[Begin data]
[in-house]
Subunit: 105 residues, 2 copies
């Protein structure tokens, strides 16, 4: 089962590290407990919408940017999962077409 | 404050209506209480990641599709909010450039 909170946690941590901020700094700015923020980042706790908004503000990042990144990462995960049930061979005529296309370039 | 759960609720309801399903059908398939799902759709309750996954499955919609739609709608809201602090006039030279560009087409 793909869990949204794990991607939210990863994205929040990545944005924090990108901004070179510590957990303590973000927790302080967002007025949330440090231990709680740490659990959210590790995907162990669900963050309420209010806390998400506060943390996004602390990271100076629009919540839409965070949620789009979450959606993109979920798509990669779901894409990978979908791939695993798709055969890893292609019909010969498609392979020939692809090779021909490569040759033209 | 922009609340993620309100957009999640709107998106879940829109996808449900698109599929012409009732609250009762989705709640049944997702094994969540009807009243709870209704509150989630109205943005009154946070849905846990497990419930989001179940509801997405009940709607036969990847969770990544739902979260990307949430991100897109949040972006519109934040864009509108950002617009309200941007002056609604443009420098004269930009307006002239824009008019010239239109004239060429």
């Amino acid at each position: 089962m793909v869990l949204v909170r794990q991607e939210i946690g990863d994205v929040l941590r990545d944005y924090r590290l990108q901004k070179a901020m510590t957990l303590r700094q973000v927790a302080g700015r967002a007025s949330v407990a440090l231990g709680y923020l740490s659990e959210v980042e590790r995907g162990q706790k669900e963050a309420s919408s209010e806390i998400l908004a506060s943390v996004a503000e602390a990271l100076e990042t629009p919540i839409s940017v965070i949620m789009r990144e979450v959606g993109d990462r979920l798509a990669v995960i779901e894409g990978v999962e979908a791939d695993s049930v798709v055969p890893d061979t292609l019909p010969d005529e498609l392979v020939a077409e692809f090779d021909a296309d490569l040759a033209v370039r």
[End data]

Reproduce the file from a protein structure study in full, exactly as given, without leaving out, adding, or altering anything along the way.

[in-house]
Subunit: 105 residues, 2 copies
């Protein structure tokens, strides 16, 4: 089962590290407990919408940017999962077409 | 404050209506209480990641599709909010450039 909170946690941590901020700094700015923020980042706790908004503000990042990144990462995960049930061979005529296309370039 | 759960609720309801399903059908398939799902759709309750996954499955919609739609709608809201602090006039030279560009087409 793909869990949204794990991607939210990863994205929040990545944005924090990108901004070179510590957990303590973000927790302080967002007025949330440090231990709680740490659990959210590790995907162990669900963050309420209010806390998400506060943390996004602390990271100076629009919540839409965070949620789009979450959606993109979920798509990669779901894409990978979908791939695993798709055969890893292609019909010969498609392979020939692809090779021909490569040759033209 | 922009609340993620309100957009999640709107998106879940829109996808449900698109599929012409009732609250009762989705709640049944997702094994969540009807009243709870209704509150989630109205943005009154946070849905846990497990419930989001179940509801997405009940709607036969990847969770990544739902979260990307949430991100897109949040972006519109934040864009509108950002617009309200941007002056609604443009420098004269930009307006002239824009008019010239239109004239060429």
């Amino acid at each position: 089962m793909v869990l949204v909170r794990q991607e939210i946690g990863d994205v929040l941590r990545d944005y924090r590290l990108q901004k070179a901020m510590t957990l303590r700094q973000v927790a302080g700015r967002a007025s949330v407990a440090l231990g709680y923020l740490s659990e959210v980042e590790r995907g162990q706790k669900e963050a309420s919408s209010e806390i998400l908004a506060s943390v996004a503000e602390a990271l100076e990042t629009p919540i839409s940017v965070i949620m789009r990144e979450v959606g993109d990462r979920l798509a990669v995960i779901e894409g990978v999962e979908a791939d695993s049930v798709v055969p890893d061979t292609l019909p010969d005529e498609l392979v020939a077409e692809f090779d021909a296309d490569l040759a033209v370039r």